January 22, 2017
Cosmopolitan: Why This Freshman Congresswoman Skipped the Inauguration But Flew Across the Country for the Women's March
by Rebecca Nelson
While Donald Trump was being sworn in as 45th president of the United States, Pramila Jayapal, the first Indian-American woman in the House of Representatives, was meeting with constituents in her Seattle, Washington, district — immigrants and refugees frightened that they will be persecuted under President Trump.
“This is not a normal time,” Jayapal, a Democrat backed early on by Sen. Bernie Sanders, said in a statement announcing that she would not attend the inauguration. “And we cannot pretend it is so.”
She did, however, fly to Washington, D.C., to march with 500,000 other women at the Women’s March on Saturday. After she spoke at an Emily’s List event encouraging women to run for office on Sunday, she sat down with Cosmopolitan.com to talk about why she marched and her role in the Trump era.
You were telling the women today to think about why they're running. Tell me about the moment that you first decided, "I need to run for office."
People had been asking me for some time, and I always felt like my voice was better utilized on the outside as an organizer. And I think I had separated those two things in my mind, that you were either an organizer on the outside or you were an elected official on the inside. The state Senate seat came open, and part of it was I realized that there was nobody — I felt like we needed to have somebody in the race who was going to bring some of the critical issues to the table, and I started thinking about how I had spent 15 years of my life trying to get people in elected office to do the things that we wanted them to do. And why didn't I just go in and try to use that as another platform for organizing?
I also realized how much I wanted to see more diversity in our elected officials. I remember being up and watching the Senate floor one day, the U.S. Senate floor, from the gallery, and realizing how different it looks from the rest of the United States, and that the perspectives that we bring as women of color, as immigrants, are so important and need to be at those tables.
Why was it important for you to march yesterday, and why was the actual act of marching important?
It was so important to be there and to see the power of women coming together for the broad agenda that we have. It's not just about our reproductive organs. It's about our wages. It's about our kids. It's about our friends whose kids might get deported. There are so many issues on the table. And women understand what it means to be intersectional. Because we know we can have babies, hold jobs, and lead communities all in the same breath. And so I think to show that the power of women — that we are the majority. And to have millions of people on the streets, more people in Washington, D.C. for the march than for the inauguration, sends a really strong message that we are not backing down. In community after community across the country, we are going to show that women cannot be silenced.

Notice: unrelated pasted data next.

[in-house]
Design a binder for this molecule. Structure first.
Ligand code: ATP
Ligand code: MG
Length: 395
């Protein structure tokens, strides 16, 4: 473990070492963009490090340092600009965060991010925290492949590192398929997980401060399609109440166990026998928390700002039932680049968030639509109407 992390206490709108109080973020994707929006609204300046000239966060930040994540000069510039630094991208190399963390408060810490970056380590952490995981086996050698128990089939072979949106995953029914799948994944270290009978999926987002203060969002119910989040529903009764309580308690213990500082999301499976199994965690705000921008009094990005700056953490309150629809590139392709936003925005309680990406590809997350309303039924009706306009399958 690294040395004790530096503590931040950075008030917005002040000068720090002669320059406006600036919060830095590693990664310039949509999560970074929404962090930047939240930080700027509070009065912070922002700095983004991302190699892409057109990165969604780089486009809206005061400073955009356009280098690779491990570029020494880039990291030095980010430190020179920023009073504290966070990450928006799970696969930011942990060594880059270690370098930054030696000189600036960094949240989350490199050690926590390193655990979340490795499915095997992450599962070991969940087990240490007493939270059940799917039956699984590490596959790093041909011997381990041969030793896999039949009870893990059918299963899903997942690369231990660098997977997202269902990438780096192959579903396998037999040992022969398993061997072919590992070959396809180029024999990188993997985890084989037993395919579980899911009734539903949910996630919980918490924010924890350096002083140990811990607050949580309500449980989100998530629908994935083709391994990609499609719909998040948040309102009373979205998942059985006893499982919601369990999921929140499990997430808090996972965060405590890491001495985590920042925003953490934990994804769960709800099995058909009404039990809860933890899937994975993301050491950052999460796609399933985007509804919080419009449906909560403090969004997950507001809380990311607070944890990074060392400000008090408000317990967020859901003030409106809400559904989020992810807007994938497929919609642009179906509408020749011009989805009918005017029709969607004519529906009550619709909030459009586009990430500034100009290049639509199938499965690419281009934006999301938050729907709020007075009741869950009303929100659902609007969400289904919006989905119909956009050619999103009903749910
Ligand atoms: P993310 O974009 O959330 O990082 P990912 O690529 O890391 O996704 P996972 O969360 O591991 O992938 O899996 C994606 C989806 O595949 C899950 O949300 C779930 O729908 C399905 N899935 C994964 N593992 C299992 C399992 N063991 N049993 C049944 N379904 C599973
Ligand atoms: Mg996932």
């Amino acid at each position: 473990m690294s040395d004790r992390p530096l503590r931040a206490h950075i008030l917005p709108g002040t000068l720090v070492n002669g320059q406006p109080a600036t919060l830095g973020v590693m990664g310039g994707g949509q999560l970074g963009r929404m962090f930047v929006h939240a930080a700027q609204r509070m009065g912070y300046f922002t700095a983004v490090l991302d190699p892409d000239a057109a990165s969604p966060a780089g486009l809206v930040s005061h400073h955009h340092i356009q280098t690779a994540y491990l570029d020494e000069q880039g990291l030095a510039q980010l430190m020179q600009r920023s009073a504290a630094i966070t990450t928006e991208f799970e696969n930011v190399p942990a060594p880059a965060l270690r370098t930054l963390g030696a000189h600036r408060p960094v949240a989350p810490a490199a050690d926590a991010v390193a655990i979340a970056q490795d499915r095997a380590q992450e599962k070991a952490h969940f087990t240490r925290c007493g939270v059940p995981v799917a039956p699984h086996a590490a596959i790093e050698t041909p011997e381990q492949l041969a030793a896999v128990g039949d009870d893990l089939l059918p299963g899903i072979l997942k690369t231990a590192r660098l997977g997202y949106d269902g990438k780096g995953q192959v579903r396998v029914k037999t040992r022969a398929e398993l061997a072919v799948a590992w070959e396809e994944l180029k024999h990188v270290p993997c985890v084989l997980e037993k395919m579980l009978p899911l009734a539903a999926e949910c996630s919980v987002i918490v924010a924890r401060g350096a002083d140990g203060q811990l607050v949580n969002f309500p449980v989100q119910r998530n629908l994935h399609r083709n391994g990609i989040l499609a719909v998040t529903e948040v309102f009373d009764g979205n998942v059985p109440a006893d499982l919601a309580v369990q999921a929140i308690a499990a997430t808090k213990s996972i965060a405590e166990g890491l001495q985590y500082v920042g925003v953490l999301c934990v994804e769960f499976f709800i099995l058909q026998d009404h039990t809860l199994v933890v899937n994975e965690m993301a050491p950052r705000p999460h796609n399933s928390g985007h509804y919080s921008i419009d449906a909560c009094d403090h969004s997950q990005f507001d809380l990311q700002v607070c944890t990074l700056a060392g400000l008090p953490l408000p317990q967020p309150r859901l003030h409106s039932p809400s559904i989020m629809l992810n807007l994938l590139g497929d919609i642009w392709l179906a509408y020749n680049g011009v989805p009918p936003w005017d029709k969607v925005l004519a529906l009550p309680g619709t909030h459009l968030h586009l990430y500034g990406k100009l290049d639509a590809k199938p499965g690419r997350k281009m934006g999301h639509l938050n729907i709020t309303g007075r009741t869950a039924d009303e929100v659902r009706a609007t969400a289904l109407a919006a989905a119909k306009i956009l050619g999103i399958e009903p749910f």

What was the most inspiring moment for you yesterday as you were marching?
I think it was going up on stage and looking out over the sea of people and pussy hats. Just the diversity of the crowd, and the energy of love and generosity, but also fierceness and determination to refuse to stand down.
What do you see as your role in Washington in the Trump era?
We're going to have to continue to help lead, inspire, and be part of a movement that demands equality and justice. Those are ideals that unfortunately this administration and this Congress don't look like they're going to push forward. So we're going to have to be ready to challenge that. And marching is an essential act of resistance. Storytelling is an essential act of resistance. It is part of connecting a policy to the ramifications for the broader movement. So that's going to be part of my role, to really fight back against things that I see coming forward that are unjust, trying to make them better, trying to stop them from happening. And at the same time, to put out a vision, and to hold a vision, of what we're really fighting for, because we can't afford to have people go home and go back to bed, or be depressed. Those things will happen, but we need everybody to stand back up and remind themselves that we need everybody in this movement if we're going to move America forward.
You've taken a hard line against Trump. Do you have any interest in working with him or his supporters in Congress to find common ground?
Absolutely. I mean, I have taken a hard line against the policies and the rhetoric that is divisive and moves us backwards. But if he and Republicans put forward an agenda that I think benefits the American people, then sure, I'll work with them. But there's not a lot of indications of that right now. So I think that's been the hard part about the last couple of months, is I thought maybe he would move from being a divisive candidate to being a unifying president. That's not what happened.
Is there any issue that you can see yourself working with Republicans on?
I think immigration, interestingly – in spite of all the divisive rhetoric, the reality is, and even the speaker, Speaker Ryan, has been for trying to resolve our immigration system. And so I think there is some ground there. [Trump] has talked about infrastructure and jobs, and I'd love to see that happen. But not by reducing taxes on the wealthiest and putting more burden on the poorest. We've got to make sure that we're funding that infrastructure package properly. He has talked about rewriting trade deals so they really benefit workers in the United States. Let's see what happens there.